Not to worry, though. As everyone grumbles their way out of the car, the driver starts to hitchhike back to town, hopping on the back of the first passing truck. The passengers were left to wait it out, complaining idly under a brilliant sky, and wondering if we’d actually make it to Labé before the next morning. Myself, well I wandered away from the pack, and threw on my go-too “woo-sah” song, Weird Fishes by Radiohead, and just stared up at the painting above, trying to make the best of I all.
Around 9:30, and we finally arrived in Labé. The Peace Corps volunteers in Tamba had put me in touch with a volunteer, Derek, who had quickly and warmly accepted my “hey, got some floor space for me?” text earlier that morning. Derek was from California, on his second PC tour (his first was in Botswana), which is called Response. The only difference here, for me at least, is that Response members are actually employed by the UN, meaning that Derek had a massive house all to himself, complete with 24-hour security/on-command laundry team, and a guest bedroom just for me, where I hastily splashed my stuff, threw two of the couch cushions on the floor, opened my sleeping bag, and crashed for a long snooze.
Tired from the journey, I resolved to hang out in Labé the following day. I wandered the market, a labyrinthine collage of dresses, vegetables, and homemade peanut butter, as well as meandered the outskirts of the city, where I chanced about a half-built mosque, cement skeleton only, which I entered and ascended until the staircase ended, and then climbed up a rickety ladder made of sticks and ties up onto the roof. The view of Labé was like that of Kankan: a few mosques, a river, and lots of mango trees.
From Labé, one can take cars straight to Kankan, but the journey is more than a day, and when night falls, the driver often stops the car, has everyone sleep on the side of the road, and then restarts when the sunlight returns. No thanks. Instead, I decided to break the journey up into two parts, crashing the night with yet another PC volunteer, hooked up by Derek (you can see the trend beginning to form here), in her hut in Bissikrima, maybe 180km away.
My first car left for Mamou around 8:00am, and arrived around 11:00am. Then, I grabbed another car for Dabola, buying my ticket at 11, and leaving around 3:30pm. Thank god for that Kindle.
This ride was a bit interesting as well. First, no one oreally spoke French, so I sat there talking to nobody as the whole car yacked away in Pular, of which I don’t understand a single word. Second, I had my very first “crier”: a young child looked at me, and being the first white person he’d probably ever seen, he started crying uncontrollably. He’d then hide behind a door, pop out again to stare, and then start crying even harder. It was utterly hilarious. Third, this ride was interesting because I saw a car on the road with its trunk strapped down with a rope, and a young kid lying across said trunk, with his legs also under the rope, so as to hold him down too. Some of the stuff that goes on in these bush taxis is just so far beyond laughably dangerous: 7 people on the roof of a car, 3 hanging off the back, 12 more inside, and with so much stuff strapped to the roof (rice, fruit, oil drums, chickens, goats, cows, Fanta, literally whatever) that the car itself looks like the basket of a hot air balloon by comparison, is a rather common sight. Lastly, as the driver stopped to pray just as the sun was setting, I saw this massive, post-apocalyptic-looking bush fire in the distance, whose smoke was even more accentuated by the dusky light. It put me a bit on edge. However, as drove right towards it, I realized it was just Africans burning trash as Africans do, in their time-tested “controlled” fashion. Whatever–this thing was still huge, and pretty scary looking.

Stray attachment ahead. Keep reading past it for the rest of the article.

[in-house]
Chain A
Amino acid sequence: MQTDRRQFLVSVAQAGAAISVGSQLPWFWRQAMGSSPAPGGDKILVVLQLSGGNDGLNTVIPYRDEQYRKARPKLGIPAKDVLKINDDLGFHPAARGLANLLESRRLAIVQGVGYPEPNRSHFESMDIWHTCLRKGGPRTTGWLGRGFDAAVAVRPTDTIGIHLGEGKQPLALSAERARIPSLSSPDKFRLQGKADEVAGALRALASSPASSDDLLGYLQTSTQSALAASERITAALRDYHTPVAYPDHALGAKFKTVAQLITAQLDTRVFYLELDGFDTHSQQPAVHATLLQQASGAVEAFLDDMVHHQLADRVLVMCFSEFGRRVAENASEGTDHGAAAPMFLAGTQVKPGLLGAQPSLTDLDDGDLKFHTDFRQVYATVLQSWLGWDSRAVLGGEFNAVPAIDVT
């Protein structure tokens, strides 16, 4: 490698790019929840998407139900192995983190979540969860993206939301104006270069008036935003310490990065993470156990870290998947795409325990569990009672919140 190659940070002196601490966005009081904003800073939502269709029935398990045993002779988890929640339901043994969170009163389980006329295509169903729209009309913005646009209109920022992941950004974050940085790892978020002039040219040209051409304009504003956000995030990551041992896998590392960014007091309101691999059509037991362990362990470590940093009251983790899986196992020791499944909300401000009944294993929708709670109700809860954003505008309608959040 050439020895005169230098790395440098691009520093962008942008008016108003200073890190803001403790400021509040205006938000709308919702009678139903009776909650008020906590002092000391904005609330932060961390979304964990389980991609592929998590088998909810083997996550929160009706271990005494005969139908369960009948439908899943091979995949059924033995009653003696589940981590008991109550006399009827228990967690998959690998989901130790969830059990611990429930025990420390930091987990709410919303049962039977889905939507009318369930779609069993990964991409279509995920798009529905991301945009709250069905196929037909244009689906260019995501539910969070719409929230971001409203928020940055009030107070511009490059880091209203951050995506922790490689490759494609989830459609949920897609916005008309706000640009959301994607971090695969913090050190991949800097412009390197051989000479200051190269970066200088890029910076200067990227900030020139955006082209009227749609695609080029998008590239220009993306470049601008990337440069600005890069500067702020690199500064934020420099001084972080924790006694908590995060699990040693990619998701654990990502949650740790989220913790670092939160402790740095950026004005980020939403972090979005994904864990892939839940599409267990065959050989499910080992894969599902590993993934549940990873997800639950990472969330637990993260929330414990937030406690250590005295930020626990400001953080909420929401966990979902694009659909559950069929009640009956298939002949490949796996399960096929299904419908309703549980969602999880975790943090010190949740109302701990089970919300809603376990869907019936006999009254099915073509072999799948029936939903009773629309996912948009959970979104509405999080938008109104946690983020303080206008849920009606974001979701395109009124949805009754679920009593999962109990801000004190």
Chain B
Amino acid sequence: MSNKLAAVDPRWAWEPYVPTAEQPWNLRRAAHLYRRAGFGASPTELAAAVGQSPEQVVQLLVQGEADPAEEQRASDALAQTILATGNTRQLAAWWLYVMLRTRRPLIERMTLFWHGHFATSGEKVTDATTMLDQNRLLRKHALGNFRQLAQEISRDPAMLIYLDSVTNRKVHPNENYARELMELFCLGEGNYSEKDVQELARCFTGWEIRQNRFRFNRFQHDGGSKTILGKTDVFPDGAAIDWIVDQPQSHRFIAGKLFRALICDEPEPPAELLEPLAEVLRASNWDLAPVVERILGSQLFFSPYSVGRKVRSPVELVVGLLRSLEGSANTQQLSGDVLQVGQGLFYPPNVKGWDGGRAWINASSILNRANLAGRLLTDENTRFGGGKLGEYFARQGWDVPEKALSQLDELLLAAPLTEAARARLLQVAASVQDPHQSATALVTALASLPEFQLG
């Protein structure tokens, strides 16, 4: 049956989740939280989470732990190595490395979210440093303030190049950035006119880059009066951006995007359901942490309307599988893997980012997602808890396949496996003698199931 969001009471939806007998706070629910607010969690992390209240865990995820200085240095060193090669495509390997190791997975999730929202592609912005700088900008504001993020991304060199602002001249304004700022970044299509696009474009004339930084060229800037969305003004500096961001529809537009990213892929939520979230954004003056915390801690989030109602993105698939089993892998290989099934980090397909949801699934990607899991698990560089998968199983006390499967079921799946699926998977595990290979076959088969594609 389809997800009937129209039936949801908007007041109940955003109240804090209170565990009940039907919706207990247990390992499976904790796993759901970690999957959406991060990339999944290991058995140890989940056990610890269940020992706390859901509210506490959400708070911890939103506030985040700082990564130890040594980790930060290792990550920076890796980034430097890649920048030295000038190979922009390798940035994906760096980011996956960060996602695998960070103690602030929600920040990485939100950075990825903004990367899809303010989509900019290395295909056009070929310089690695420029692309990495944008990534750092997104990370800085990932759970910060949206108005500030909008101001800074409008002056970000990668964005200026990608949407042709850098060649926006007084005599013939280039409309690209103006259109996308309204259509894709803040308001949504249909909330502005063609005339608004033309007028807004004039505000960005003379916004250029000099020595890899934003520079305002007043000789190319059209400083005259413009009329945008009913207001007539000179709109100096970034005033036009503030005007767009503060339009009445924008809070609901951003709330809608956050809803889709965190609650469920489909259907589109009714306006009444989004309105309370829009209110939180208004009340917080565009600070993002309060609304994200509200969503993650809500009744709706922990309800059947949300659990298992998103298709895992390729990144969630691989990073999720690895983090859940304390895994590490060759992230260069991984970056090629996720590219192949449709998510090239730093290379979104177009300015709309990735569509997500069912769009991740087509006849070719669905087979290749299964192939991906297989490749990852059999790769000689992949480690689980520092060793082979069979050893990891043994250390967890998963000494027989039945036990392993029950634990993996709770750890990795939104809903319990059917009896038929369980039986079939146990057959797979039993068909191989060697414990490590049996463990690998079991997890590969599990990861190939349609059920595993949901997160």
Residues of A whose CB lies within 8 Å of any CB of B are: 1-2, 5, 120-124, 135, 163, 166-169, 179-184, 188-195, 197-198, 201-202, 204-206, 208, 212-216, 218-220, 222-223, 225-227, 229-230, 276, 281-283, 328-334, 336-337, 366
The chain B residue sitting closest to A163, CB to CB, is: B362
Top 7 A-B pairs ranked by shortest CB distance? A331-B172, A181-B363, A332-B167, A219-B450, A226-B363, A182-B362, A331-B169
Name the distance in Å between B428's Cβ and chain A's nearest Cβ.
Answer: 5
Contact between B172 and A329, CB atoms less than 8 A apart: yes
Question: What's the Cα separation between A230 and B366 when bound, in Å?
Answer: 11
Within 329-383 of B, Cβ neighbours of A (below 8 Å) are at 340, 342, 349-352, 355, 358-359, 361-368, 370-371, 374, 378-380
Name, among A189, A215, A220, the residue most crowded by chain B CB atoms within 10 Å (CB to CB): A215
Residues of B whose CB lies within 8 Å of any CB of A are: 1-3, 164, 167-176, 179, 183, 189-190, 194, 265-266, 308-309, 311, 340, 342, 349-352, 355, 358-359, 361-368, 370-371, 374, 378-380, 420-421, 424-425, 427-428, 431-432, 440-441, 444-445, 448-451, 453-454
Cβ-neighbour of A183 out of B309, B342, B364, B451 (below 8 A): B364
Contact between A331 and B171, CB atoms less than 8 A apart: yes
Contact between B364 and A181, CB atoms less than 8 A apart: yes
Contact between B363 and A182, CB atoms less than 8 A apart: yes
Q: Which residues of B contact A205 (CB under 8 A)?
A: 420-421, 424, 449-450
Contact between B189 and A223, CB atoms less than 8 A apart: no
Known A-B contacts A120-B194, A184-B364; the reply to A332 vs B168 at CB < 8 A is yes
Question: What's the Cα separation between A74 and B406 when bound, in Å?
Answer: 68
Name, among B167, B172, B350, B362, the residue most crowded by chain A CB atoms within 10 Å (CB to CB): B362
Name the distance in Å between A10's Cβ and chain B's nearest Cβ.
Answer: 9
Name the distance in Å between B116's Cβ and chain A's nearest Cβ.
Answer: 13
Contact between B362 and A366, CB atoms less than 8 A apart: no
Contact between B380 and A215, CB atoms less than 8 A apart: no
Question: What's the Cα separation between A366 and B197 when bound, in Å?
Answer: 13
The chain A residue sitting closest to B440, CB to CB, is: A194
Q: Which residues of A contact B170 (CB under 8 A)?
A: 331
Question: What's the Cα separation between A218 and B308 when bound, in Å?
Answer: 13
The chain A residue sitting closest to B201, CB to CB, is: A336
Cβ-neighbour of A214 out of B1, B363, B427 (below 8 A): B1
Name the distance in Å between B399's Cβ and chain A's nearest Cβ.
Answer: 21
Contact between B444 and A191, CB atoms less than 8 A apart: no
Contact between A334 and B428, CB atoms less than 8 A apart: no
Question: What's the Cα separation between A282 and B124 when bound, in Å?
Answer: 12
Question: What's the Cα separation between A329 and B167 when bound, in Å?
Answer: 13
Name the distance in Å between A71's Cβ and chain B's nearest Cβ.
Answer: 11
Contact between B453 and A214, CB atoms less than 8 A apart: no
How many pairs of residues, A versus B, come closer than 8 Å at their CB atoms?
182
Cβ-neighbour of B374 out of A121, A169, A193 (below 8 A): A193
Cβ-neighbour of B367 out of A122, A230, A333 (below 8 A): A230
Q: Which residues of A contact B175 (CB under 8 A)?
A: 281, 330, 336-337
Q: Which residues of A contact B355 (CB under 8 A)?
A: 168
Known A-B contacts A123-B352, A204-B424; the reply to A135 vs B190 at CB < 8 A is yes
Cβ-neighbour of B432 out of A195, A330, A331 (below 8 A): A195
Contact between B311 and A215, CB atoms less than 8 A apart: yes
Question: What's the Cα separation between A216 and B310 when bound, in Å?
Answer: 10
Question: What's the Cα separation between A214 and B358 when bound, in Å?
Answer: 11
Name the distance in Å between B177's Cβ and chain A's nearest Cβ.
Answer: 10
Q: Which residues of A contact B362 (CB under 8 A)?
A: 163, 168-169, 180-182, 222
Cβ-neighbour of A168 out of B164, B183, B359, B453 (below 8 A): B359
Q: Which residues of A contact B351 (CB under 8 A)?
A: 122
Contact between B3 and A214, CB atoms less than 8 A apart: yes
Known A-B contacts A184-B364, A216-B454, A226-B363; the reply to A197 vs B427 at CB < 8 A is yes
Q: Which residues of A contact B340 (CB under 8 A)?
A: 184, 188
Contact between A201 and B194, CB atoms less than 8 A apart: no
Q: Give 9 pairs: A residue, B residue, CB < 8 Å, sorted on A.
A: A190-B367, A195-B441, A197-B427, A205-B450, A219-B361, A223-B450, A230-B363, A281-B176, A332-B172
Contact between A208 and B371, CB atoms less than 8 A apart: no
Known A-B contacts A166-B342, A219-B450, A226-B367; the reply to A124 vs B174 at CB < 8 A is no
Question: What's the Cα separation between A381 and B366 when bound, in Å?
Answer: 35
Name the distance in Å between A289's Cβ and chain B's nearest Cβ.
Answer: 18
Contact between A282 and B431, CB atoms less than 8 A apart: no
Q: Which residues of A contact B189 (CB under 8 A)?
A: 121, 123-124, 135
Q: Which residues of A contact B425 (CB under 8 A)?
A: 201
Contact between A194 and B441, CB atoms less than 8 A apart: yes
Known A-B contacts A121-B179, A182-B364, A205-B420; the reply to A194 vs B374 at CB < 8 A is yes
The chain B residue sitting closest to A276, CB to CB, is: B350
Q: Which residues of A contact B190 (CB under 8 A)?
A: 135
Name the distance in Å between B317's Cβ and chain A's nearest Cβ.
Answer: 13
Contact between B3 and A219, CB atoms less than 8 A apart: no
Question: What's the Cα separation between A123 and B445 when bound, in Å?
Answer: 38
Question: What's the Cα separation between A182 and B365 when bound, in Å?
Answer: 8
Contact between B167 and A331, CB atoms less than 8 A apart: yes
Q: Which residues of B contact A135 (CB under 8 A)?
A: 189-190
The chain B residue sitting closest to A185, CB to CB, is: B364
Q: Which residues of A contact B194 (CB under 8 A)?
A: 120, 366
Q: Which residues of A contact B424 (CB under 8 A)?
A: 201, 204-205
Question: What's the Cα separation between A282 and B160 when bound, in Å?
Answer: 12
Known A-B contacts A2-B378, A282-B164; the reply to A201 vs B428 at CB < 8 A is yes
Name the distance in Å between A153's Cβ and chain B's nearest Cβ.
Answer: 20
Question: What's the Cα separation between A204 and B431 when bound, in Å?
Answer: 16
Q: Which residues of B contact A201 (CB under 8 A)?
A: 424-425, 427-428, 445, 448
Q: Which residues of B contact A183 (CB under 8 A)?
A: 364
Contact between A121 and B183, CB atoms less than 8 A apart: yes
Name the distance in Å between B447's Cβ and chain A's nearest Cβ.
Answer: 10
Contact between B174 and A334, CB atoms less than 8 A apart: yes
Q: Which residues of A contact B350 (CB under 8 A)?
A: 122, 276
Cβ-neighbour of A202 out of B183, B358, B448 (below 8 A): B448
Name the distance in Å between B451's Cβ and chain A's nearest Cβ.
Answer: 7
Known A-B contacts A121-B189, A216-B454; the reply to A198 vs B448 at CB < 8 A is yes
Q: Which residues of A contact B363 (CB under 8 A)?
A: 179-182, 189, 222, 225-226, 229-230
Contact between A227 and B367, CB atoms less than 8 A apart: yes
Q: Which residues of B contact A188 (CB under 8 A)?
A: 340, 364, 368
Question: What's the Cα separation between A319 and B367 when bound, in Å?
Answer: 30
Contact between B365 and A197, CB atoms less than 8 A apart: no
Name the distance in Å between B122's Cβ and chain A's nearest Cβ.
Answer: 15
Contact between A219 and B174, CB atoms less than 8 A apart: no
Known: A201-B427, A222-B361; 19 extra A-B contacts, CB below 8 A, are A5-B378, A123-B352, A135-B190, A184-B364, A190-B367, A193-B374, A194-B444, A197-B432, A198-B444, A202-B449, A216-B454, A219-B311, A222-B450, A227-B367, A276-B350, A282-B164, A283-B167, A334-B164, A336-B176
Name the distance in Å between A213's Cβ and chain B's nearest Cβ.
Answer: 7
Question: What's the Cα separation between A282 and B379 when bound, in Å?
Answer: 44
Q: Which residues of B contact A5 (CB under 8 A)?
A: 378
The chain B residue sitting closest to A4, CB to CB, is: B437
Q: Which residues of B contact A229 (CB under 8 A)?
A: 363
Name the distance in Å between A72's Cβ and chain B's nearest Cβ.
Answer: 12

We arrived in Dabola around 9pm, and after a steak salad and a water, I took one more taxi 25km to Bissikrima (the share-taxis to Bissi, which held 6, were finished for the day, so I was forced to pay a driver for all 6 seats for the way there, and all 6 seats for his way back, amounting to like $14, about which I was not thrilled), where I finally arrived around 10:30pm. Betsy made me some tea upon arrival–nice girl.
The next day, I again wasn’t moving. Instead, Betsy and I slept in (she was off work), went hiking, took some pictures, got a bit lost, braved some mystery berries given to us by passing village children, and tried not to get eaten by bugs. We then met up with a few more PC volunteers, including a visiting family from Seattle, with whom we ate lunch–potato salads with Fanta–and then dinner–pasta with veggies from the market–and finally, went to a clandestine bar buried in the woods–4 huts, a generator, and a meat skewer lady, where we drank the few remaining beers (one of the guys rides his motorcycle 25km back to Dabola to restock when they run out), as well as gin mixed with grapefruit juice, from grapefruits we picked from the tree overheard. Certainly another Africa bar, but definitely one of the more charming ones.
The next day, 8 days after leaving Dakar, Betsy, myself, Momo and Jesse took a car to Kankan (they go up once a month), and 7 hours later, with the warm welcome of cold ice cream from a restaurant down the street from their house, we finally arrived. As I said in a previous post, this was a hell of a journey in its own rite.
Apologies for the length, but it was an eventful 8 days. The next post will be a personal reflection–where Ill challenge myself to produce something markedly eloquent. It should be a good one.
From Kankan, on a painfully empty stomach,